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A Frozen Hell: The Russo-Finnish Winter War of 1939-1940 Hardcover – May 1, 1991


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Editorial Reviews

From Library Journal

This history is a well-balanced blend of narrative and analysis. Trotter's overt sympathy for the justice of Finland's cause does not blind him to the justified fear of Nazi Germany that led Russia to demand a buffer zone in front of Leningrad. Similarly, Trotter's admiration for the Finnish army's fighting power does not prevent him from presenting its limitations as well as achievements. Finland's soldiers suffered from fatigue and panic. Their officers were not always competent. Even their victories were incomplete; Russians tied down Finnish troops needed elsewhere. Yet Finland's gallant fight proved decisive in maintaining its independence. In 1940 and again in 1944, Russia chose negotiations over conquest. A Frozen Hell successfully updates Allen Chew's The White Death ( LJ 4/1/72) and belongs in all collections on World War II and modern Scandinavia.
- Dennis E. Showalter, Colorado Coll., Colorado Springs
Copyright 1991 Reed Business Information, Inc.

Review

"We will not often find a book written with such authority as this one by Mr. Trotter." -- John Eisenhower, The New York Times Book Review --This text refers to the Paperback edition.
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Product Details

  • Hardcover: 283 pages
  • Publisher: Algonquin Books (May 1991)
  • Language: English
  • ISBN-10: 094557522X
  • ISBN-13: 978-0945575221
  • Product Dimensions: 6.5 x 1.4 x 9.5 inches
  • Shipping Weight: 1 pounds
  • Average Customer Review: 4.4 out of 5 stars  See all reviews (95 customer reviews)
  • Amazon Best Sellers Rank: #1,558,294 in Books (See Top 100 in Books)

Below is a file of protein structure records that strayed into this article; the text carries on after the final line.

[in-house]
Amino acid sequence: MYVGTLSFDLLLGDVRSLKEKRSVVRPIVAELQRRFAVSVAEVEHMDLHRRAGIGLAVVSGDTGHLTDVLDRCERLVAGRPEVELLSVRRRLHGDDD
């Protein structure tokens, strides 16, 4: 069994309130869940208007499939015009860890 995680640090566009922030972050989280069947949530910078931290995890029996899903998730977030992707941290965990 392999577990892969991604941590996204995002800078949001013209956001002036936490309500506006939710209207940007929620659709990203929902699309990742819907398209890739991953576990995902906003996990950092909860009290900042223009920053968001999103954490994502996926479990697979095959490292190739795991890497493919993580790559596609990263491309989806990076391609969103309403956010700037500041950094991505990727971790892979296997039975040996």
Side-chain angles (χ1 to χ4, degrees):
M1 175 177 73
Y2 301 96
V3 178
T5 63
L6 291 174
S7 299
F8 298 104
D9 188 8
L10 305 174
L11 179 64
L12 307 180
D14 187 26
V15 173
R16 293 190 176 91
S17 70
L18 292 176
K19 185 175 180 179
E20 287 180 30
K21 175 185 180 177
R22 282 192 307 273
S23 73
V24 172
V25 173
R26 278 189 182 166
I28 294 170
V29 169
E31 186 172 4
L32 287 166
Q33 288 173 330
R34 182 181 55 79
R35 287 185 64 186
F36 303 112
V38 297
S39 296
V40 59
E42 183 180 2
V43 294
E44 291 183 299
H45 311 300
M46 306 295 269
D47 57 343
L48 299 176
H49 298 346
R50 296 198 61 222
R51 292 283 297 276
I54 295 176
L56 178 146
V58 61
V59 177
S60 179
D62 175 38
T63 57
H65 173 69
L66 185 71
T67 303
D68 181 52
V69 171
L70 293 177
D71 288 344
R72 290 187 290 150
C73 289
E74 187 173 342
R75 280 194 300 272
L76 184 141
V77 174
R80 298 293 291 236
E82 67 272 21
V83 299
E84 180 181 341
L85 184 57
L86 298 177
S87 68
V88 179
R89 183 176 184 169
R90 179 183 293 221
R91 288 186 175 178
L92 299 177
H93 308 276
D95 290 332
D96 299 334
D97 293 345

Customer Reviews

One of the best books I've read in my lifetime.
Eric Moss
Trotter has done a great job of recounting the Winter War from both the Finnish and Russian political and military perspecives, using available documents.
"hrautio"
Highly recommended to anyone with an interest in military history and the events that precipitate them.
njtech

Most Helpful Customer Reviews

52 of 52 people found the following review helpful By "hrautio" on October 22, 2000
Format: Paperback
I have read both William R. Trotter's "A Frozen Hell" and Engle & Paananen's "The Winter War: The Soviet Attack on Finland 1939-1940". In addition to these books I am in the process of reading 2 books by Max Jakobson, one of which is specifically on the Winter War, as well as a number of academic journal articles on Finland between 1937-1945.
Trotter has done a great job of recounting the Winter War from both the Finnish and Russian political and military perspecives, using available documents. I am an American-Finn who is very proud of my Finnish heritage, yet I was not insulted by Trotter's treatment of the Russian perspective at all - it was very enlightning. I prefer to understand ALL the "why?"s surrounding an event as momentous as the Winter War. It is nice to have some idea what the Russian reasoning and motives were, even if I don't agree with them. Life is rarely black and white as we would like it to be.
The short biography of Marshall Mannerheim in the beginning was especially useful. Understanding the man sheds light on his actions and opinions. It also explains a bit of the history of Russian-Finnish relations as well.
Improvements: More maps would be very helpful. Also, as a Finnish speaking American I can appreciate Trotter's attempt to make understanding easier for non-finnish speakers, however the occasional reference to places in Finn-glish was a slight annoyance. An example would be "... east of Lake Kuokjärvi" where the word "Lake" is redundant because the name of the place says it is a lake. This is a very picky detail and does not detract from the content.
Overall I thoroughly enjoyed reading "A Frozen Hell". The more balanced and objective view taken by Trotter does not take away from the heroics and Sisu of the Finns. I also appreciated inclusion of a more detailed explanation on the surrounding political climate/situations.
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43 of 44 people found the following review helpful By Amazon Customer VINE VOICE on January 11, 2001
Format: Paperback